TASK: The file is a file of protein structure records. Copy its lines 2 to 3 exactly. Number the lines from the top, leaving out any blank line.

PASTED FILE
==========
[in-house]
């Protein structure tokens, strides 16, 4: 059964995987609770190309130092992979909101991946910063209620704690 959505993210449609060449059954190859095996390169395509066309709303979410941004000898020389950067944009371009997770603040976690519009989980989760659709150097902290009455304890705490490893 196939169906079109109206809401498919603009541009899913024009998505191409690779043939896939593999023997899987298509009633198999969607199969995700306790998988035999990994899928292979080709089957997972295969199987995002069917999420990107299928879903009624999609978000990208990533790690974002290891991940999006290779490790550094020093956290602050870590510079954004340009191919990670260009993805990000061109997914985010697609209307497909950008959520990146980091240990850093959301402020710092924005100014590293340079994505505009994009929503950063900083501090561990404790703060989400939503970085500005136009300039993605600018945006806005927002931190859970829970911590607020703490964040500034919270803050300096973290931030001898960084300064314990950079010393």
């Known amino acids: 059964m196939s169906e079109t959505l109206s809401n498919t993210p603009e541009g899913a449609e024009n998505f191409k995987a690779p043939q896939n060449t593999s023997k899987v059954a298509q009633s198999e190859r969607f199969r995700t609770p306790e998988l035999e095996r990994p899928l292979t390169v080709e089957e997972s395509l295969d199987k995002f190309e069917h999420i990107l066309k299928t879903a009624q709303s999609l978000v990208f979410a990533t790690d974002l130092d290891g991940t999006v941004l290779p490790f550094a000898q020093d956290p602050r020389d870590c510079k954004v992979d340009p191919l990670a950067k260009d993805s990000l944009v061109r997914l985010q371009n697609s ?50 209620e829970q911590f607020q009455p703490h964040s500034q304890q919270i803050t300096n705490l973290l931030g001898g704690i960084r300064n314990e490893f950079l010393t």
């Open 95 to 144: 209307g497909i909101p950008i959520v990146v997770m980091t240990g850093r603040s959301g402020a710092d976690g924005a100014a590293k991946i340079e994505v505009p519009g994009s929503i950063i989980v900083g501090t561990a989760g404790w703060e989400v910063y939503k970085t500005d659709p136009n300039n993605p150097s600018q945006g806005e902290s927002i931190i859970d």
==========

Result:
């Protein structure tokens, strides 16, 4: 059964995987609770190309130092992979909101991946910063209620704690 959505993210449609060449059954190859095996390169395509066309709303979410941004000898020389950067944009371009997770603040976690519009989980989760659709150097902290009455304890705490490893 196939169906079109109206809401498919603009541009899913024009998505191409690779043939896939593999023997899987298509009633198999969607199969995700306790998988035999990994899928292979080709089957997972295969199987995002069917999420990107299928879903009624999609978000990208990533790690974002290891991940999006290779490790550094020093956290602050870590510079954004340009191919990670260009993805990000061109997914985010697609209307497909950008959520990146980091240990850093959301402020710092924005100014590293340079994505505009994009929503950063900083501090561990404790703060989400939503970085500005136009300039993605600018945006806005927002931190859970829970911590607020703490964040500034919270803050300096973290931030001898960084300064314990950079010393």
């Known amino acids: 059964m196939s169906e079109t959505l109206s809401n498919t993210p603009e541009g899913a449609e024009n998505f191409k995987a690779p043939q896939n060449t593999s023997k899987v059954a298509q009633s198999e190859r969607f199969r995700t609770p306790e998988l035999e095996r990994p899928l292979t390169v080709e089957e997972s395509l295969d199987k995002f190309e069917h999420i990107l066309k299928t879903a009624q709303s999609l978000v990208f979410a990533t790690d974002l130092d290891g991940t999006v941004l290779p490790f550094a000898q020093d956290p602050r020389d870590c510079k954004v992979d340009p191919l990670a950067k260009d993805s990000l944009v061109r997914l985010q371009n697609s ?50 209620e829970q911590f607020q009455p703490h964040s500034q304890q919270i803050t300096n705490l973290l931030g001898g704690i960084r300064n314990e490893f950079l010393t």